Statin Guidelines, one step forward, two steps backwards

The new statin guidelines published jointly by the AHA (American Heart Association) and ACC (American College of Cardiology) present some good news but also allot of bad news.

The good news (one step forward) is that the guidelines acknowledge the following:

1. None of the cholesterol lowering drugs (except for statins) have ever demonstrated the ability to save lives by lowering cholesterol.

2. The ability of statin drugs to save lives (after a heart attack) is independent of whether and by how much the cholesterol is lowered.

This acknowledgement is very important because it sheds light on the fact that statins work primarily by effects independent of how much cholesterol is circulating in the blood. This is a fact that is not well understood by many physicians or patients. This fact will create some confusion because the American public has been misinformed for many years by physicians, the media and professional organizations all using terms like “good cholesterol” and “bad cholesterol”. These terms are meaningless, confusing, and counter-productive.

The new guidelines are two steps backwards for a few reasons:

1. They expand the number of patients under the guidelines in the US by tens of millions of people who will not benefit from their use and implementation of the guidelines will likely harm many.

2. The guidelines continue to assume and quote unrealistically low and inaccurate complication rates.

3. The risk assessment tool that accompanies the guidelines over-estimates risk for heart attack and stroke by 75-150%. This calculation of the over-estimate is based upon application of the guidelines to a huge database of real patients. This analysis has been published in a Peer Reviewed Journal and this analysis has already been discussed by the lay-press to the embarrassment of the AHA and ACC. This particular concern was communicated to the guideline committee one year ago by a prominent research cardiologist and statistician on the faculty of Harvard Medical School, but ignored by the guideline committee.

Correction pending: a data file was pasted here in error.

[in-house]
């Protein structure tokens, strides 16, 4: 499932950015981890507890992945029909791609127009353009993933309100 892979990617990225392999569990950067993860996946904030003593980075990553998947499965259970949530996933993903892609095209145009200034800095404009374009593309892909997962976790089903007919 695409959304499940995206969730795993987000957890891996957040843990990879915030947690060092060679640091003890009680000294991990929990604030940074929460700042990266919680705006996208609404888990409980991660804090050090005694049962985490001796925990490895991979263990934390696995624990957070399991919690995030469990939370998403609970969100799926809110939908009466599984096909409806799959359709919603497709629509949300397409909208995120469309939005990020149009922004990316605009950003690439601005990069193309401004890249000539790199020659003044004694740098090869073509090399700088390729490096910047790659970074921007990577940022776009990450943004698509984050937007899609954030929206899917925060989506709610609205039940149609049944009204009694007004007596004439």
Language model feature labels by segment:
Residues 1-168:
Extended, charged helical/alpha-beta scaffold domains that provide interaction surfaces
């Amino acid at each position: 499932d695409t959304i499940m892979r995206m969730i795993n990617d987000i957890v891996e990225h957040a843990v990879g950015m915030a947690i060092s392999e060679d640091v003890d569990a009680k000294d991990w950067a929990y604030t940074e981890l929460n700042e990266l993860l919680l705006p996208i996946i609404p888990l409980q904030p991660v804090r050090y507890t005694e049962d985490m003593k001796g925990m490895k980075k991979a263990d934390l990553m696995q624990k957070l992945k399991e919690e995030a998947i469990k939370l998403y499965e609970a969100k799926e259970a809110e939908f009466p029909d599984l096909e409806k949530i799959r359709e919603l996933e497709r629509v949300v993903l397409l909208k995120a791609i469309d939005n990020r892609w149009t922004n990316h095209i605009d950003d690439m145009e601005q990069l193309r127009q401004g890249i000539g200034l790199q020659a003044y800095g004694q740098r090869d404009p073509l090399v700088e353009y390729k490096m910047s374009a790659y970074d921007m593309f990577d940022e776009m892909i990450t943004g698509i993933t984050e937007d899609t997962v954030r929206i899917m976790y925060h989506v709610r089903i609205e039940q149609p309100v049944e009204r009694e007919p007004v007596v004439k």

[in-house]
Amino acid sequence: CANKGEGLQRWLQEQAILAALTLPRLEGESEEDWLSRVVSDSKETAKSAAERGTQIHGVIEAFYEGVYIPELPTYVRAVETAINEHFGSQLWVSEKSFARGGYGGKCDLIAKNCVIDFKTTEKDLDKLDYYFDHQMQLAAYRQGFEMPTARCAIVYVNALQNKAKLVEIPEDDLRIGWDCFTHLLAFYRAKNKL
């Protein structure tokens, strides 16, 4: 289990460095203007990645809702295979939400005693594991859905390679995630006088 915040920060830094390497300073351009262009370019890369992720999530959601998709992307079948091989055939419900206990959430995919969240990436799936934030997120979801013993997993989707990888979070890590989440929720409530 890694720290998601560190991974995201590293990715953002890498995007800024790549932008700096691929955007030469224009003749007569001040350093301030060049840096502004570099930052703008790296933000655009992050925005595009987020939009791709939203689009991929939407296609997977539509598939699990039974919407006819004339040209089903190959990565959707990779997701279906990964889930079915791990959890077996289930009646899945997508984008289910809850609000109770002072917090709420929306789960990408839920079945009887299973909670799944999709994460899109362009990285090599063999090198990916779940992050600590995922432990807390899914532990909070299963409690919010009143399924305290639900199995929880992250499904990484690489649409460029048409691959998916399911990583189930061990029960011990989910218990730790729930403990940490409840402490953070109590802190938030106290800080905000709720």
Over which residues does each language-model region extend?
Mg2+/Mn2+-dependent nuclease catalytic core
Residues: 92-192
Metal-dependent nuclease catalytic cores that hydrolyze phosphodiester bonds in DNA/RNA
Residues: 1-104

4. The guidelines have lowered the recommended 10 year  risk threshold for use of statins from the previous 10-20% level to a 7.5% level (thereby tremendously increasing the number of people who would be placed on statins). And since the risk calculator, as discussed in #3 above, greatly inflates the risk it essentially would apply the statin guidelines in reality to individuals with only a 3.75 to 4% risk of a cardiovascular event in the next 10 years. This shifts the risk/benefit ratio to a much higher level than the already high risk/benefit ratio of the previous guidelines.

Gratefully the excessive use of statins as well as the folly of the previous and new guidelines have  been brought to the public arena and the debate has finally drawn attention. Perhaps some reasonable discussion will ensue and perhaps the medical community at large will finally think about the bias represented in policy statements and guidelines as well as the bias presented in the many review articles that have been published on this topic.

Here are links to some reading of recent articles in the lay press.

Cholesterol Guidelines Under Attack – NYTimes.com